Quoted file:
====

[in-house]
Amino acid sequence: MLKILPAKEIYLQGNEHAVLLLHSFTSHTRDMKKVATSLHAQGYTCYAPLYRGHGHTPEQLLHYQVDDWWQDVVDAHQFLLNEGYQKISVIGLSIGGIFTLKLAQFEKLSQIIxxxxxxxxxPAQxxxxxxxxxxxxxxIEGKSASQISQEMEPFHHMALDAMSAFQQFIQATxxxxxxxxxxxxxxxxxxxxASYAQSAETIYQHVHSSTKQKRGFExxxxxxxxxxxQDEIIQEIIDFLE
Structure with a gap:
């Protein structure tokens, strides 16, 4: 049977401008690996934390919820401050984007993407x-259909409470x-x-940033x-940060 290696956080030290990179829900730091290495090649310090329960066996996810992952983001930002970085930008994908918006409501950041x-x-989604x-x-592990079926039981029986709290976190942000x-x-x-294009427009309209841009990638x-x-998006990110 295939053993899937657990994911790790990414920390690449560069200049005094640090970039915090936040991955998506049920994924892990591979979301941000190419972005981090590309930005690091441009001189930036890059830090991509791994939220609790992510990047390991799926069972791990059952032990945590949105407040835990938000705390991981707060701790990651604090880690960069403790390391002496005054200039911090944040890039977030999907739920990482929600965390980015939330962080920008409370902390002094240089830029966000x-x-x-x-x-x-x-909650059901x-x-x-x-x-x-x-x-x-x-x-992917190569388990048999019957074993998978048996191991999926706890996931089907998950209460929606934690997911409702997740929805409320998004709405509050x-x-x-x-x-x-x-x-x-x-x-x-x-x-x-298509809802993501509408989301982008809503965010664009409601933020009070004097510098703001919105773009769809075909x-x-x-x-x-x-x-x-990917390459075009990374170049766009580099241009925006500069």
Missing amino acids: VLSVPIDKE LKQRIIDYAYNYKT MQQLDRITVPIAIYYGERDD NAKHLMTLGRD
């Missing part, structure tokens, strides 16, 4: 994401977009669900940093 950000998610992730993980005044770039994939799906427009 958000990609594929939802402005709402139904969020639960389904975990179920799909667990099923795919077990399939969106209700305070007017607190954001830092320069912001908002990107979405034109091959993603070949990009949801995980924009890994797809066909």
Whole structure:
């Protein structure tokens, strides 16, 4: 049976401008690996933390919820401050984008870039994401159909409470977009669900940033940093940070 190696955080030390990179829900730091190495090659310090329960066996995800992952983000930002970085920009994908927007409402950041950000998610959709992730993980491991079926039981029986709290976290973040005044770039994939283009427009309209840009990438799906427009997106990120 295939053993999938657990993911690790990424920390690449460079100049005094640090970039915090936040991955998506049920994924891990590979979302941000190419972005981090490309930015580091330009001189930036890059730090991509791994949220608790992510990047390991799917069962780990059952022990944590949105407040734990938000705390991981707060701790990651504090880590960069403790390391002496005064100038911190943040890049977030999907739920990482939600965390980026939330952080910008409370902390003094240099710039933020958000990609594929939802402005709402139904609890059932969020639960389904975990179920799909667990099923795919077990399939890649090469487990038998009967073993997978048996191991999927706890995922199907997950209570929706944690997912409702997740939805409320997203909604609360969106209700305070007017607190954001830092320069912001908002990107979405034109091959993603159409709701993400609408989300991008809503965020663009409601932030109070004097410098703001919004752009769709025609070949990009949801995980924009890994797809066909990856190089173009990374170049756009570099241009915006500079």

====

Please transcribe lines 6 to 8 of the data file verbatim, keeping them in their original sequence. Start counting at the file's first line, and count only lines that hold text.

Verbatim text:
């Missing part, structure tokens, strides 16, 4: 994401977009669900940093 950000998610992730993980005044770039994939799906427009 958000990609594929939802402005709402139904969020639960389904975990179920799909667990099923795919077990399939969106209700305070007017607190954001830092320069912001908002990107979405034109091959993603070949990009949801995980924009890994797809066909």
Whole structure:
């Protein structure tokens, strides 16, 4: 049976401008690996933390919820401050984008870039994401159909409470977009669900940033940093940070 190696955080030390990179829900730091190495090659310090329960066996995800992952983000930002970085920009994908927007409402950041950000998610959709992730993980491991079926039981029986709290976290973040005044770039994939283009427009309209840009990438799906427009997106990120 295939053993999938657990993911690790990424920390690449460079100049005094640090970039915090936040991955998506049920994924891990590979979302941000190419972005981090490309930015580091330009001189930036890059730090991509791994949220608790992510990047390991799917069962780990059952022990944590949105407040734990938000705390991981707060701790990651504090880590960069403790390391002496005064100038911190943040890049977030999907739920990482939600965390980026939330952080910008409370902390003094240099710039933020958000990609594929939802402005709402139904609890059932969020639960389904975990179920799909667990099923795919077990399939890649090469487990038998009967073993997978048996191991999927706890995922199907997950209570929706944690997912409702997740939805409320997203909604609360969106209700305070007017607190954001830092320069912001908002990107979405034109091959993603159409709701993400609408989300991008809503965020663009409601932030109070004097410098703001919004752009769709025609070949990009949801995980924009890994797809066909990856190089173009990374170049756009570099241009915006500079």